In the last lesson, we discussed how cybercriminals use hijacked websites in order to scam students. In this lesson, we will look at how cybercriminals use social media in order to scam students.
We live in an increasingly connected world. Communication that took hours, days or weeks to do in the past can now be done instantaneously. Friends you have not seen in years are as close as a mouse click away.
For students, in particular, social networking sites like Facebook, Twitter, and Instagram are now a primary source for communicating. They rely upon social media to gain greater access to information regarding potential schools, employment opportunities, and their peers – which makes these sites prime targets for cybercriminal activity.
Social Media scams are on the rise in fact according to the United States
What are the risks of social media scams for students
According to the Canadian Government Cyber Security website, students run particular dangers on social media sites:
- Your personal information could be stolen by a cybercriminal, putting your identity and accounts at risk.
- The personal information you share online could give cyber criminals enough to piece together your email address and password.
- Cybercriminals could gain access to any account that has a password recovery service and use any saved information to make purchases.
- Links in messages from cybercriminals posing as someone you know could be a part of a phishing attack trying to trick you into sharing personal information or contain malware that infects your computer.
- Geotagged photos are photos that have geographical information, like your current location, added to them – and today, most smartphones and digital cameras have a function that automatically geotags all your photos unless you turn it off. Geotags can expose where you live, when you’re traveling and even what car you drive, which could make you a target for robbery.
- When you update your status with your whereabouts on a regular basis, you could tip someone off to your routine, and invite real-life threats like robberies, break-ins, or stalking.
- If you add “friends,” you don’t know; you could become the victim of a scam.
- Apps deleted from your account may not be entirely deleted – the creator may still have access to your information.
- If you don’t have a secure password, others could gain access to your profile and pose as you – and potentially send out spam or fake posts that are damaging to you.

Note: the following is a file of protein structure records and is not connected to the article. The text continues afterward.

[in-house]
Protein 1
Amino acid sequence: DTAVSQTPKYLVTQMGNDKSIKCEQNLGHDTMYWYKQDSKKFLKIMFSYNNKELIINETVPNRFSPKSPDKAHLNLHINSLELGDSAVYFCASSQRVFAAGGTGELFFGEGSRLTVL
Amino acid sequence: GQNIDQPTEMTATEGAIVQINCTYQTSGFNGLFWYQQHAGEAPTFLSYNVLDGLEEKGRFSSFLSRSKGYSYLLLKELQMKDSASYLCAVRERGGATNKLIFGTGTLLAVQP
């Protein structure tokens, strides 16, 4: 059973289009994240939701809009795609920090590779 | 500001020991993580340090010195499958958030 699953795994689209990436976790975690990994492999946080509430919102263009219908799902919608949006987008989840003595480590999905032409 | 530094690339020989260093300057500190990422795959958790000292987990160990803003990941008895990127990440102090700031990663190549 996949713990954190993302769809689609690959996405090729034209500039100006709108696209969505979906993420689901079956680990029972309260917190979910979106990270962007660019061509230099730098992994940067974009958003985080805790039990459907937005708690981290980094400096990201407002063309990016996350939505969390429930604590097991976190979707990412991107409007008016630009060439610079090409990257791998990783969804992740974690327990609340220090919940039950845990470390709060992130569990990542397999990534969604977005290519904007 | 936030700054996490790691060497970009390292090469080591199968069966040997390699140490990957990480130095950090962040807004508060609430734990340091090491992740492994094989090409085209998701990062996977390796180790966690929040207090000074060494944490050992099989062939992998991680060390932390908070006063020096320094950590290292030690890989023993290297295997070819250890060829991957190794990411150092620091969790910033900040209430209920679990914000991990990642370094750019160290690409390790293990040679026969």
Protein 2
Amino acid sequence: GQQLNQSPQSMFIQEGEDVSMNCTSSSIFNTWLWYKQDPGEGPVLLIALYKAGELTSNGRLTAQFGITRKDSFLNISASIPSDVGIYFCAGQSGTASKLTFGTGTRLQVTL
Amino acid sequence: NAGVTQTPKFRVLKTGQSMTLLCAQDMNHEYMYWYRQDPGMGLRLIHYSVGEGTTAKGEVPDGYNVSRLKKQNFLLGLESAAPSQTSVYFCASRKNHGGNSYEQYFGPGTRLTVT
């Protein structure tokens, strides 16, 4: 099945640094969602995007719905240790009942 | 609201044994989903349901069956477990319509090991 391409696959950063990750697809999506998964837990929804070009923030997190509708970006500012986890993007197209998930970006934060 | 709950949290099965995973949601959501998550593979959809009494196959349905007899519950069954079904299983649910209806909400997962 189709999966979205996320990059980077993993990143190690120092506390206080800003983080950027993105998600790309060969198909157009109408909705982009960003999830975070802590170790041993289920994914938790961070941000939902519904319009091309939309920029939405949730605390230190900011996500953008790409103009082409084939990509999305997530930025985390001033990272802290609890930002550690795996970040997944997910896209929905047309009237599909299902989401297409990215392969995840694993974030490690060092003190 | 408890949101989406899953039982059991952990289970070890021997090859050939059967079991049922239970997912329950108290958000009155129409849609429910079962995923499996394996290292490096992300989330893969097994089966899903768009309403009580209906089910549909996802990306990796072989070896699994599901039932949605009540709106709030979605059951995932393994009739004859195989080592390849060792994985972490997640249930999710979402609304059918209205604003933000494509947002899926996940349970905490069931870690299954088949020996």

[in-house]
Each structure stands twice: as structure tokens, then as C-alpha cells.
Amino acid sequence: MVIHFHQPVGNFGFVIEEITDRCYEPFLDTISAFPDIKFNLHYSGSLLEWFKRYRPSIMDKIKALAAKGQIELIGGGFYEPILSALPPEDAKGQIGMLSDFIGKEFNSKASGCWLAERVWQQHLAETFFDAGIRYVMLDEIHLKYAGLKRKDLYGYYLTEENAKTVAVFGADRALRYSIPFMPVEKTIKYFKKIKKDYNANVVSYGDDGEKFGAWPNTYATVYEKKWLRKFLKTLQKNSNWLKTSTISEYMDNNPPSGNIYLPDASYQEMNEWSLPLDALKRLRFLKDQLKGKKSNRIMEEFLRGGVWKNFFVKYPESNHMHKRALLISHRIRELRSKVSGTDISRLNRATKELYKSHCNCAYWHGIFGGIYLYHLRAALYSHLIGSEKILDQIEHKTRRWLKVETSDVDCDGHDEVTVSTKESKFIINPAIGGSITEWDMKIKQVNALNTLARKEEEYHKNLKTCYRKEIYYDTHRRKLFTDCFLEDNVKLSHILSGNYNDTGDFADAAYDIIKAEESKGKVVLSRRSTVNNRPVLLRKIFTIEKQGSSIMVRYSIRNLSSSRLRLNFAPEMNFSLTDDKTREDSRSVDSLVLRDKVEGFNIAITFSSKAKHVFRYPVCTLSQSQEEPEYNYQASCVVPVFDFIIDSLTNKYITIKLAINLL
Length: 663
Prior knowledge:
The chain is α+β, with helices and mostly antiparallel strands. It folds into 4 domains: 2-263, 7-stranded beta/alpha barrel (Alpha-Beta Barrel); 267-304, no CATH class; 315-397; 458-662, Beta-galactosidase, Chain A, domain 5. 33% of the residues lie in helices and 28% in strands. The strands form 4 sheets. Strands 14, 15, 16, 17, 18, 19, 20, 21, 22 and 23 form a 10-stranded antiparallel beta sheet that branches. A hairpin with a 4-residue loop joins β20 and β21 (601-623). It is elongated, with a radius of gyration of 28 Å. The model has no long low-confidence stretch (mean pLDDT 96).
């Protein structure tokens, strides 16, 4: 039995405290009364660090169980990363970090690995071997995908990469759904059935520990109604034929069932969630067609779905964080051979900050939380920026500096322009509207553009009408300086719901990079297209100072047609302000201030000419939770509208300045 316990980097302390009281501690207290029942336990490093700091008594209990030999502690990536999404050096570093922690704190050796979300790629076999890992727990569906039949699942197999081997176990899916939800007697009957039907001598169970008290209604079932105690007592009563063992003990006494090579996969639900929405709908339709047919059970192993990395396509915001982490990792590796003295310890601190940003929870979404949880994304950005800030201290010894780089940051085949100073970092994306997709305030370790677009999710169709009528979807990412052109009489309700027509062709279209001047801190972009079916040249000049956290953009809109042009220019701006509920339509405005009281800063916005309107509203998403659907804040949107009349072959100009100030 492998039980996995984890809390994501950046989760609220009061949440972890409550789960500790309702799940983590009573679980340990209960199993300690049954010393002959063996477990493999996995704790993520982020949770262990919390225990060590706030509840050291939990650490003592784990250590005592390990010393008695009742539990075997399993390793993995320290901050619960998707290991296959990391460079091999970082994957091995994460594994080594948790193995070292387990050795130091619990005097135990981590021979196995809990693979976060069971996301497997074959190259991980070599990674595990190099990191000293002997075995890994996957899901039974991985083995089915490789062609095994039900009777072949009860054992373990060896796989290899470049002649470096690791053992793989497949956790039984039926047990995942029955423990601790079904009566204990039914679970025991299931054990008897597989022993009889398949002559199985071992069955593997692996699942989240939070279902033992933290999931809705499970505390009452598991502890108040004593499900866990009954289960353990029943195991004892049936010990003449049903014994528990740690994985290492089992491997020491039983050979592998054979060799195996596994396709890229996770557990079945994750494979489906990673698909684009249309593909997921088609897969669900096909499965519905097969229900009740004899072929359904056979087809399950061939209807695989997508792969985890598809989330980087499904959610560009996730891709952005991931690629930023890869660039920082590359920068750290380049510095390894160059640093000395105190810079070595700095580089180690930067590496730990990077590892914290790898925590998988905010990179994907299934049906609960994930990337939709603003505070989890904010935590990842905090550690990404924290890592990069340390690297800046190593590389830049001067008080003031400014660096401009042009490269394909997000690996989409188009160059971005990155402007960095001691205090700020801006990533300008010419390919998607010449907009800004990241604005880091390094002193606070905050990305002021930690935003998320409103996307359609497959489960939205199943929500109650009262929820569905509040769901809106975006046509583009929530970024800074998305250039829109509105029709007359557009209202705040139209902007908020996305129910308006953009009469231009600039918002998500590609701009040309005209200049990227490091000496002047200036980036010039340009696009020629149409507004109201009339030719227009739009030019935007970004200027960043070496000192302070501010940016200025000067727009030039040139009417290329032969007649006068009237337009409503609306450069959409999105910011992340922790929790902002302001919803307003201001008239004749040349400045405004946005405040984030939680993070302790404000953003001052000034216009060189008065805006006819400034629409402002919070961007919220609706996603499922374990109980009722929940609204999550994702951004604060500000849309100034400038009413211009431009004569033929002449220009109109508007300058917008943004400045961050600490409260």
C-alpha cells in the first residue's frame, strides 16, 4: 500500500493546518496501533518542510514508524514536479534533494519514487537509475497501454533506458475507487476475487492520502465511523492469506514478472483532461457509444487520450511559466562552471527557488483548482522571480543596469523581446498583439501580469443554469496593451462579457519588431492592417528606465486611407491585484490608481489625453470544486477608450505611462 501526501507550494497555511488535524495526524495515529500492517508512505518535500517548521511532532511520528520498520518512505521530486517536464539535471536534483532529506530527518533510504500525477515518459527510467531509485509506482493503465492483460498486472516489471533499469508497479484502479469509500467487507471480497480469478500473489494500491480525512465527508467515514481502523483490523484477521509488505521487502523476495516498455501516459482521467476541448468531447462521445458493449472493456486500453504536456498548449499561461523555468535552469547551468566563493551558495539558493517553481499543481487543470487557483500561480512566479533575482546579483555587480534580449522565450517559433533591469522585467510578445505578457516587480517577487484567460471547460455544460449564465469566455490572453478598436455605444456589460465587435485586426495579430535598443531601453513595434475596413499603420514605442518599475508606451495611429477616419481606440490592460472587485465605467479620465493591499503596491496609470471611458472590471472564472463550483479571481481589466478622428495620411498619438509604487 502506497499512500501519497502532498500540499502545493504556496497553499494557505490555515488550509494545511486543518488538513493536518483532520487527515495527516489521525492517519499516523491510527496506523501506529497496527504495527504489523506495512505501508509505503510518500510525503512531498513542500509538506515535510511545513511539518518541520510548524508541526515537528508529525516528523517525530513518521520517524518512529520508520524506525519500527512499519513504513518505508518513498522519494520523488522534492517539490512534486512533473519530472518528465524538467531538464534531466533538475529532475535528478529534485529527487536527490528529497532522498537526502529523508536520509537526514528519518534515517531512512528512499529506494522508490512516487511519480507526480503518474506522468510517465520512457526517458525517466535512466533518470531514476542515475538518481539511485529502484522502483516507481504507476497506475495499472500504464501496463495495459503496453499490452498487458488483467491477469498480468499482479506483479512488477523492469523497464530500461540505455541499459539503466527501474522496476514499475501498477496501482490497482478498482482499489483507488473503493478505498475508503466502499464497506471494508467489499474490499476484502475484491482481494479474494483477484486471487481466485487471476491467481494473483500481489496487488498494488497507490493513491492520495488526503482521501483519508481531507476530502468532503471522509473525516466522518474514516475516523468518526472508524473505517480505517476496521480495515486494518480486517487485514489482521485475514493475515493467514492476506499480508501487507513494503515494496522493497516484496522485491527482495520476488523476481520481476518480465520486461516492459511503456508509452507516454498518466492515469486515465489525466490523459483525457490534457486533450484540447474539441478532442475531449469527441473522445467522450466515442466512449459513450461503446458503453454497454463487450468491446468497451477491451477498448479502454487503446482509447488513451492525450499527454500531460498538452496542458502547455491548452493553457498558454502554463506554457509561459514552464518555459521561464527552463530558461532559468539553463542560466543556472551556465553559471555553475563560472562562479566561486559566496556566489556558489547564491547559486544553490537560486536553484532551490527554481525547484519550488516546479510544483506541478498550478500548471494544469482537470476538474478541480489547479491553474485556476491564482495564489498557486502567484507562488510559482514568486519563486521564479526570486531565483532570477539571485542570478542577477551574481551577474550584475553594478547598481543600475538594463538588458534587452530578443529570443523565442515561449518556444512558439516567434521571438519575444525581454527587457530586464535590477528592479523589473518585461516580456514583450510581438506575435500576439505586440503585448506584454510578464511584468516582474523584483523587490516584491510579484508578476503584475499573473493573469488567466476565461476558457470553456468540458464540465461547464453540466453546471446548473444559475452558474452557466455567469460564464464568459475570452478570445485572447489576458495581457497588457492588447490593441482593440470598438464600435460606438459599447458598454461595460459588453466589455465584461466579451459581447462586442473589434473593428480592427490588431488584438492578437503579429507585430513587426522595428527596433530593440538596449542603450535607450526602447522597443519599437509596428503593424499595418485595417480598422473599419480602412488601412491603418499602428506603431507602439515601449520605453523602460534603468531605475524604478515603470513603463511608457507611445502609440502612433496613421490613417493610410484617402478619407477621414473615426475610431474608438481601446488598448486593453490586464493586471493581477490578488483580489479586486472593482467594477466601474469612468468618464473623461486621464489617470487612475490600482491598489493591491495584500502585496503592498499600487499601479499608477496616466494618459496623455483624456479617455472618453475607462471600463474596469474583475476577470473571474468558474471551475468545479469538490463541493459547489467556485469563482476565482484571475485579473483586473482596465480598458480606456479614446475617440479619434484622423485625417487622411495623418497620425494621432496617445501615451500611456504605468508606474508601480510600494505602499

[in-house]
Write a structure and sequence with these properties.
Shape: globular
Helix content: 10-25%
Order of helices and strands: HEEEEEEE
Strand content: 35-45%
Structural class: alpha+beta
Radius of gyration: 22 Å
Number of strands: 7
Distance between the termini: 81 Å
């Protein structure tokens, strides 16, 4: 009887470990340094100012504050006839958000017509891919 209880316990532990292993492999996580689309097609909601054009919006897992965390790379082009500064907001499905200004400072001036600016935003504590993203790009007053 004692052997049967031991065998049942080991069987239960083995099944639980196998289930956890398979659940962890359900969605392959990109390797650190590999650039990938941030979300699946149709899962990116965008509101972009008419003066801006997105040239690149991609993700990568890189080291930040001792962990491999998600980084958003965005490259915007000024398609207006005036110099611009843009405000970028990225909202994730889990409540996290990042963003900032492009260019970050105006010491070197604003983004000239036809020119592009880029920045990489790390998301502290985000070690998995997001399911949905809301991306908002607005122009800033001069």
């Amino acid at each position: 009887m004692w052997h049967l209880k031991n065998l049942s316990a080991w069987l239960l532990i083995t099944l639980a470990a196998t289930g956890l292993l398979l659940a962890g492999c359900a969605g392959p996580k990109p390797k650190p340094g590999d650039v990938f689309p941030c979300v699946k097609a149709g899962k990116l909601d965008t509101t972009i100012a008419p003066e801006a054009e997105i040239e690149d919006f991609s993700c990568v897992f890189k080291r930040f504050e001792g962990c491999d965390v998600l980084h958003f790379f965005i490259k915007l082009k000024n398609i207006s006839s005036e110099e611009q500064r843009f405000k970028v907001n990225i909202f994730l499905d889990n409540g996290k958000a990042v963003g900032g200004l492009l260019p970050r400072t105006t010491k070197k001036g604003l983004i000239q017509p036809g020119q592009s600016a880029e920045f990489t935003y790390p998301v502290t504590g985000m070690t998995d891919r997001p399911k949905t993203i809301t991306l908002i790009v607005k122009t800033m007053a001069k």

- Potential employers could search social networking sites to get a sense of your character. If you’ve uploaded damaging or embarrassing photos or posts to your social network account, you could hurt your reputation and your chances of employment.
Best practices to prevent Social Media scams
Choose a strong password
- Choose secure passwords for all of your social media accounts
- Make sure all of your passwords are unique – in other words, do not use the same password for all of your social media accounts.
- Use a password manager that stores encrypted passwords online.
Check your privacy settings
Make sure that only the right people can see your profile
Always think carefully about any information you choose to share online
- Don’t provide your information (personal or financial) online unless you know the website you are using is legitimate, secure, and encrypted
- Be wary of sharing private pictures or videos with strangers. Scammers will use compromising materials to blackmail their targets.
- Never send money to a stranger. Transferring funds to someone you only know online could mean the money’s going towards criminal activity
Carefully review all new friend requests.
- Be wary of newly-created profiles with limited or no content.
- Lookout for profiles you thought you were already connected with – is it a cloned account?
- If it is someone you have never met and do not know – what is their motive for connecting with you, and how can you trust them with your information?
If you are a victim of a social media scam, take the following steps:
- Stop all contact with the scam artist and block his or her phone numbers, instant messages, and email addresses.
- Keep copies of all communications.
- Report the matter to the social media website.
- Report the matter to your local police department.
- Report the matter to a legislative authority in your are like the Federal Bureau of Investigation’s Internet Crime Complaint Center.
In lesson 4, we will look into some Phishing scams perpetrated on students